People are travelling, cashing in on ‘corona discount’

Nishan Khatiwada

Nishan Khatiwada

People are travelling, cashing in on ‘corona discount’

The travelers we talked to said they needed a break from prolonged home-stay. They said that though they traveled, they did so carefully, by adopting proper safety measures। Photo Courtesy: Sabin Adhikari

Sitaram Dahal, 25, a cloth-store owner in Kathmandu, traveled to Pokhara and Kushma for paragliding and swing this Dashain. The lure was apparent. The cost of paragliding had plummeted, from Rs 7,000 to Rs 3,000. And airfare was also cheaper by 10 percent. What more could he ask for?

Sitaram Dahal

The purpose of his travel was “refreshment”. He thinks this is not the time to fear but to lead a normal life by adopting safety measures. “We stayed in, for almost six months. Now it is time for some refreshment.”

After the lifting of the lockdown, Hriday Regmi, 25, a Kanchanpur native who works at a bank in Kathmandu, visited Kakani, Sauraha, and Chandragiri for night stays. He rued not getting a chance to travel since he had joined university and a new job at the same time. “So, I did not want to waste the little leisure time I had, bolted inside my home,” he adds. Regmi also feels the festive season is the right time to contribute to internal tourism.

Hriday Regmi

He agrees that the fear of covid is pervasive. “But I see no alternative to living with the pandemic by taking precautions.” Regmi says that the hotels and resorts he stayed in were low-fare. “The packages were available at almost 35 percent discount.”

Suruchi Thapa, 21, a student in Kathmandu, traveled to Baraha Pokhari, Lamjung on October 29 with her family, for “religious and refreshment purposes”. “In Baraha Pokhari, people take bath on the full moon day. We went there as pilgrims,” she adds. Thapa says the natural beauty there was worth watching as well, with vistas of beautiful snow-capped mountains all around. 

Likewise, Sabin Adhikari, 30, a businessman from Dhading, went to Rara Lake along with his friends before Dashain. He wanted to explore nature there and learn about locals’ lifestyles. “I am ready to live with covid. My motto is: Live a normal life, travel and be as safe as you can. I don’t need to be stuck at home,” he says. He didn’t factor in travel costs but says the experience was worth all the money he spent.

Sabin Adhikari

Gita Chimoriya, a 27-year-old Lalitpur-based journalist, traveled to Mardi with her friends this Dashain. She visited Pokhara on her way back home. “We traveled during the festival because that is the only time I get some time away from my study and job,” she says. Mardi was open for trekking and she needed a break.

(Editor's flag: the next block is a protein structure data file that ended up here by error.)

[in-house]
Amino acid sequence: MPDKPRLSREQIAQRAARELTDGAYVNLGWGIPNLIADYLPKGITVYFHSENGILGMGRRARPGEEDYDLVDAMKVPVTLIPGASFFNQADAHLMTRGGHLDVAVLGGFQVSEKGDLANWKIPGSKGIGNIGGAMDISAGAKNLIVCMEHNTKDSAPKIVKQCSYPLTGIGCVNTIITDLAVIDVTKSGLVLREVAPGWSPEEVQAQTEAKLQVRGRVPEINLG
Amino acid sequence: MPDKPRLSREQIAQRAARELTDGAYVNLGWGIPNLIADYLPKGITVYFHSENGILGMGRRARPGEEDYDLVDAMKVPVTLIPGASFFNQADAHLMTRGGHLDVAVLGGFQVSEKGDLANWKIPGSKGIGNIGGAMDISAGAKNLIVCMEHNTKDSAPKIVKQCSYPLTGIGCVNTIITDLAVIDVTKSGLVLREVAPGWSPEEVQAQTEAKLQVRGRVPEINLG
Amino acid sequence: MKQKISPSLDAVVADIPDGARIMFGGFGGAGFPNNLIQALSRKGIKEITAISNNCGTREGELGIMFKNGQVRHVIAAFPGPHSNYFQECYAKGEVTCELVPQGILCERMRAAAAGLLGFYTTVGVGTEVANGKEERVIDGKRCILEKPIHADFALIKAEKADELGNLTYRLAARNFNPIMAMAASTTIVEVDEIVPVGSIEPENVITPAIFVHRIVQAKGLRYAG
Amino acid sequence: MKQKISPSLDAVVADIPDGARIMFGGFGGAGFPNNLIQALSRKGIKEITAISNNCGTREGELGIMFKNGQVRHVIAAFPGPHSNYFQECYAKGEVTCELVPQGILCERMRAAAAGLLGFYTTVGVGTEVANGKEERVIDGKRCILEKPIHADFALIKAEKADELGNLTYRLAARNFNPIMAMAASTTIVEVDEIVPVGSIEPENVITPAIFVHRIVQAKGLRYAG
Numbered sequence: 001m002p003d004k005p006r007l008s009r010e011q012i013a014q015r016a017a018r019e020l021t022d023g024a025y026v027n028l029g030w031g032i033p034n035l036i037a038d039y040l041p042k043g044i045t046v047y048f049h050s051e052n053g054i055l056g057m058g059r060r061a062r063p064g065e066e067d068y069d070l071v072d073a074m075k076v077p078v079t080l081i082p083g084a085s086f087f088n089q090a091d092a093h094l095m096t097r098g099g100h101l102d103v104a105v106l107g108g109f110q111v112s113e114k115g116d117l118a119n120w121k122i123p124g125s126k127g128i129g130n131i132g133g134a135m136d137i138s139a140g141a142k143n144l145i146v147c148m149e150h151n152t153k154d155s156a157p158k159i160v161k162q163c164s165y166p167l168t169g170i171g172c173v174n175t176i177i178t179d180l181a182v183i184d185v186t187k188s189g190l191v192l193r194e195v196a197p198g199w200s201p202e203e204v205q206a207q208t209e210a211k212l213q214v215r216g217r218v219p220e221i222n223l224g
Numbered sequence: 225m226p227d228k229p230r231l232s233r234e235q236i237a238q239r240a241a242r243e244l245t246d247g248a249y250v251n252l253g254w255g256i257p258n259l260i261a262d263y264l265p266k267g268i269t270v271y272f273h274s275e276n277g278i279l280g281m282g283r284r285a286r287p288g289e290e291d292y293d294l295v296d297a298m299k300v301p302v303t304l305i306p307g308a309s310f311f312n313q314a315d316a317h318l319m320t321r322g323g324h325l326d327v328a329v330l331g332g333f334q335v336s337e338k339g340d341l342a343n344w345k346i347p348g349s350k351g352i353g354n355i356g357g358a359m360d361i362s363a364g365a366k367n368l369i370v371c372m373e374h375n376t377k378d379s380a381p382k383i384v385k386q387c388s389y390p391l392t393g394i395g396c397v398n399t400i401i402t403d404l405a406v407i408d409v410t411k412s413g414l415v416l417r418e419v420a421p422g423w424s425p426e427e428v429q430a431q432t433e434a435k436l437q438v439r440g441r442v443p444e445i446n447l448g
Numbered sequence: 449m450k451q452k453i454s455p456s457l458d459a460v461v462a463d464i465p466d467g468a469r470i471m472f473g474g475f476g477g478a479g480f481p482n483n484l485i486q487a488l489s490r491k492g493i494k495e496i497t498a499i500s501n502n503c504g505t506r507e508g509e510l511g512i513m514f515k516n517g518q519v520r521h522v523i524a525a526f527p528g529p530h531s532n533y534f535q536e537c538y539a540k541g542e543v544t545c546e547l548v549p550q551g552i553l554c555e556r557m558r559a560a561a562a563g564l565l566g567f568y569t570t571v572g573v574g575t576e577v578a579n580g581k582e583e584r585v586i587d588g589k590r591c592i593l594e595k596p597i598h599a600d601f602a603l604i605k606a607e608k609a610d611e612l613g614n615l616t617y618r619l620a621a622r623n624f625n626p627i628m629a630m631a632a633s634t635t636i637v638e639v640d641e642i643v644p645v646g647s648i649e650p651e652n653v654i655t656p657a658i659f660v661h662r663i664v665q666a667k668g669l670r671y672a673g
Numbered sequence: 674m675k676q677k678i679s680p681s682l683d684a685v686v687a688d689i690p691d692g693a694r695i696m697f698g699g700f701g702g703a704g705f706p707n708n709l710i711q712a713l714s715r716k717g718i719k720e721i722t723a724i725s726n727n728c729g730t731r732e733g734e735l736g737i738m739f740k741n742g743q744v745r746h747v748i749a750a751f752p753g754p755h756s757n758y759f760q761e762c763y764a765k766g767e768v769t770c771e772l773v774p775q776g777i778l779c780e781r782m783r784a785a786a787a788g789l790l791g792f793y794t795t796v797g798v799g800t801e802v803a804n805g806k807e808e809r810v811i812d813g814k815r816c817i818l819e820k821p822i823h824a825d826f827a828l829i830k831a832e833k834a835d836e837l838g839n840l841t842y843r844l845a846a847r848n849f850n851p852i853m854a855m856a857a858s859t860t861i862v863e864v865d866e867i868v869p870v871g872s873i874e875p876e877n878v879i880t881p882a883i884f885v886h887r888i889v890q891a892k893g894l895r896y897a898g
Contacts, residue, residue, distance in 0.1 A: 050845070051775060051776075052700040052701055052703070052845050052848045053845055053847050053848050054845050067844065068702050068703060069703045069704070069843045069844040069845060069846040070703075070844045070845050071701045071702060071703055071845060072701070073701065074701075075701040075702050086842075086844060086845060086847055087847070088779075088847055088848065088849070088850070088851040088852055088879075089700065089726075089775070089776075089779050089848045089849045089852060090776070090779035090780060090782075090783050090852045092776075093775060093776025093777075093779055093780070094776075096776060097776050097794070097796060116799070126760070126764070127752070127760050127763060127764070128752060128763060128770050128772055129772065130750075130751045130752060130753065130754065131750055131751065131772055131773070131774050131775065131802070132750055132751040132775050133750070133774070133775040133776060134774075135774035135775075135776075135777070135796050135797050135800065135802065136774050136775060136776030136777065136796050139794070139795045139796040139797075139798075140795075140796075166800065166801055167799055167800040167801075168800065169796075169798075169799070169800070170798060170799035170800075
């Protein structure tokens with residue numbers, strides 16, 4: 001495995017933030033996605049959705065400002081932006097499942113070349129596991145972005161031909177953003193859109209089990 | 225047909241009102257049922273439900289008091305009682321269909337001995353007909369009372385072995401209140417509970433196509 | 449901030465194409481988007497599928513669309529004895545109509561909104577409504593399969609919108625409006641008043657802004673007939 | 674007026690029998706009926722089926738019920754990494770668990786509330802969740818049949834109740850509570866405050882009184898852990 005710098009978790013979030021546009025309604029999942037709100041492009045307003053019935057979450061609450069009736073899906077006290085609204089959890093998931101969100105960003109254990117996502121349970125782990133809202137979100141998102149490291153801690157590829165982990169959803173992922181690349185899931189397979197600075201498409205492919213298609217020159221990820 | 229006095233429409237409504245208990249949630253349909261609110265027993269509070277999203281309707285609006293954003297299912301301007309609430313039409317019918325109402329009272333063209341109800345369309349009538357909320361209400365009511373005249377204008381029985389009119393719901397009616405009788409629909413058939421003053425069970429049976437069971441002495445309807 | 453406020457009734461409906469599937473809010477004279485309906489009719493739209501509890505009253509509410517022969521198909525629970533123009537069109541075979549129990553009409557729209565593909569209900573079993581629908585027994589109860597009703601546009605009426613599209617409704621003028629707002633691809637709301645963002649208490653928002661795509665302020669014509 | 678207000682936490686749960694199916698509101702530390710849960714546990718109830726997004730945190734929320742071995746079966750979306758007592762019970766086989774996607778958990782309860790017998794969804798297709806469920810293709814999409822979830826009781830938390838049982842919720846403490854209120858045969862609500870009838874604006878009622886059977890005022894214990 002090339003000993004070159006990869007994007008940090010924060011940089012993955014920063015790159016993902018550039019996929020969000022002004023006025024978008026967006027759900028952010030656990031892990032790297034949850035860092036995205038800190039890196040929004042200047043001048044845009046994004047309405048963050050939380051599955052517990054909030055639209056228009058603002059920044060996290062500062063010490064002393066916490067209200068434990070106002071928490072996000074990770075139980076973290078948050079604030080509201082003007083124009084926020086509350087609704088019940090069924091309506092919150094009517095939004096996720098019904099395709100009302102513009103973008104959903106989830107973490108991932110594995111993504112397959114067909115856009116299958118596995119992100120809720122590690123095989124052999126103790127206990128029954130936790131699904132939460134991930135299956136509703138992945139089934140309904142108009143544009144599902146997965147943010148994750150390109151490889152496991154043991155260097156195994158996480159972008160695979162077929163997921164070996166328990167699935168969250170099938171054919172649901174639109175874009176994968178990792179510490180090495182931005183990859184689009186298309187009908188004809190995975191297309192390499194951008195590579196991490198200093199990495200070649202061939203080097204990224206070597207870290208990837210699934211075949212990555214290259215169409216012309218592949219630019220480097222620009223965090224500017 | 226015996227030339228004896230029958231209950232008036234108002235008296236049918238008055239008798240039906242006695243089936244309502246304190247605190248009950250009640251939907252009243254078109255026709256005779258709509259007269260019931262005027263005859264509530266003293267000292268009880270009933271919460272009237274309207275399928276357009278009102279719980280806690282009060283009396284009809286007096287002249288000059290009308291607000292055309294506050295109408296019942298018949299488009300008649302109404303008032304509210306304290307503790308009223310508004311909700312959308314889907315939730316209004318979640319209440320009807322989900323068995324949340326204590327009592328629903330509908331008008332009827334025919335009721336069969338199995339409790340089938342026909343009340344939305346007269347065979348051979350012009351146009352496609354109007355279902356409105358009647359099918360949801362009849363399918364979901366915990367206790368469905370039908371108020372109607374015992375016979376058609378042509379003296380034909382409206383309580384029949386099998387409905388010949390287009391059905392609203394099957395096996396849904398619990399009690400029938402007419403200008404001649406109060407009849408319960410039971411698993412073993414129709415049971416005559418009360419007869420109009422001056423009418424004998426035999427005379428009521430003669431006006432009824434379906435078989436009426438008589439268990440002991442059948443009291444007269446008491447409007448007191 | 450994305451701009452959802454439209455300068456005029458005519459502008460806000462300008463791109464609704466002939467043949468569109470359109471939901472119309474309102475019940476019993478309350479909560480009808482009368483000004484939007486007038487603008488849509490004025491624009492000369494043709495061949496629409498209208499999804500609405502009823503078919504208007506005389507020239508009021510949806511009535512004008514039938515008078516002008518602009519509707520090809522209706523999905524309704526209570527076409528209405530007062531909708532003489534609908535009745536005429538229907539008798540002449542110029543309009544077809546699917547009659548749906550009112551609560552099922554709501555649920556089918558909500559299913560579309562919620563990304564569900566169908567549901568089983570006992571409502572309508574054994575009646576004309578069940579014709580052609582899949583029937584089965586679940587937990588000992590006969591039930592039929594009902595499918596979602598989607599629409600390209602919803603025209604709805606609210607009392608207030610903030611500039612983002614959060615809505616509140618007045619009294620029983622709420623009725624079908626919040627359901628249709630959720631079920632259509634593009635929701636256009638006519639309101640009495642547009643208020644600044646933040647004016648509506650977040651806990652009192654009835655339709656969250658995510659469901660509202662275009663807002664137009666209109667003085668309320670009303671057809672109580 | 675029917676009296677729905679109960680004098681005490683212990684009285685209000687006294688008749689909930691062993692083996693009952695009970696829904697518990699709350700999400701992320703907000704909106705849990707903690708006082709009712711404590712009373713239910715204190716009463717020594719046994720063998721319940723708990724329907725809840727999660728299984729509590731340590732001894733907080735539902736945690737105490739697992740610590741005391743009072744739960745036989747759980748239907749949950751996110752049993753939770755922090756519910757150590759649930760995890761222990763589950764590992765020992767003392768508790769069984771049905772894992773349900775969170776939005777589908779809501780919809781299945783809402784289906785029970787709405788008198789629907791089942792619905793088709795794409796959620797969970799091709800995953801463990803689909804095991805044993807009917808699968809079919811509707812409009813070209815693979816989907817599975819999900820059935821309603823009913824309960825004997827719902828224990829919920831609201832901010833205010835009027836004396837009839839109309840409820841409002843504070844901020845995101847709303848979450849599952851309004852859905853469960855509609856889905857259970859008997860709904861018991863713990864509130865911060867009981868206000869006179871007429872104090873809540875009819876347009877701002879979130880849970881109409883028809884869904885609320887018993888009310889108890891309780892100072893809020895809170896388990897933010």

Gita Chimoriya

Safety first

All these travelers claim to have considered safety. They say that though they traveled, they did so carefully, by adopting proper safety measures. 

Dahal had to return to Kathmandu on bus. He was relieved when he saw safety measures being adopted in the bus too. “Masks and sanitizers were compulsory and there was social distancing inside the bus,” he says. Apart from personally using masks and sanitizers and avoiding contact, for safety, Dahal also did not stay at a hotel but at a friend’s.

Regmi for one did not find safety measures in hotels and resorts he stayed at different places in adequate. “We have to take care of ourselves while we have fun,” he says.

Thapa, the Baraha Pokhari visitor, says the travel, done in their own vehicle, was completely safe too. “We did not stay in any hotel or resort but camped in jungle and avoided contact.”

Suruchi Thapa

According to Adhikari, his group avoided direct contact with other people at Rara and always had masks and sanitizers handy. They had done proper research, too, including on hotels. “I won’t say they were completely safe but the hotels we visited were doing their bit to give the travelers some sense of security.”

Chimoriya, who went to Mardi, says she didn’t find folks in Pokhara careful with covid restrictions. “But the staff of the hotels on our trekking route were trained in safety protocols. That made us feel safer,” she adds.

Matter of survival

 Hotel owners at tourist destinations say not enough tourists are coming for the sustainability of their business.

Arjun Chhetri, owner at Hotel Devis Fall View, Pokhara says the number of his guests was just 30 percent this festive season, compared to the same time previous years. “We used to house students on school tours and religious pilgrims. They are not coming now,” he adds. 

Arjun Chhteri

As his hotel was always cheap, Chhetri did not lower costs during the pandemic. He further adds that current guests are mostly regular visitors and well acquainted with room rates.

At Devis Fall View, guests have to wash their hands with soap and water during their entry. But the guests have to bring their own masks and sanitizers, and Chhetri does not sanitize his rooms. He says the fear of covid is greatly exaggerated, and in any case he would not be able to afford more safety measures. “Right now I don’t even make enough to pay my rent,” he says.

Surendra Poudel, owner of Hotel Mirage at Sauraha, Chitwan, says his hotel is 40-60 percent full, even in this peak season. His hotel has some covid protocols. “We try to keep a recently vacated room empty for a day,” he says. He claims to regularly clean and sanitize rooms and to take cleaning staffs’ safety into serious consideration.

Surendra Poudel

Besides the compulsory temperature check and sanitization at entry, “guests also apply their own safety measures.” 

Some previous package programs like group Tharu cultural dance is unavailable now. And the cost of the package has been reduced. “Though our earnings have nosedived, we are still offering packages at 20 percent discount,” Poudel says. “Right now, it’s a matter of survival.”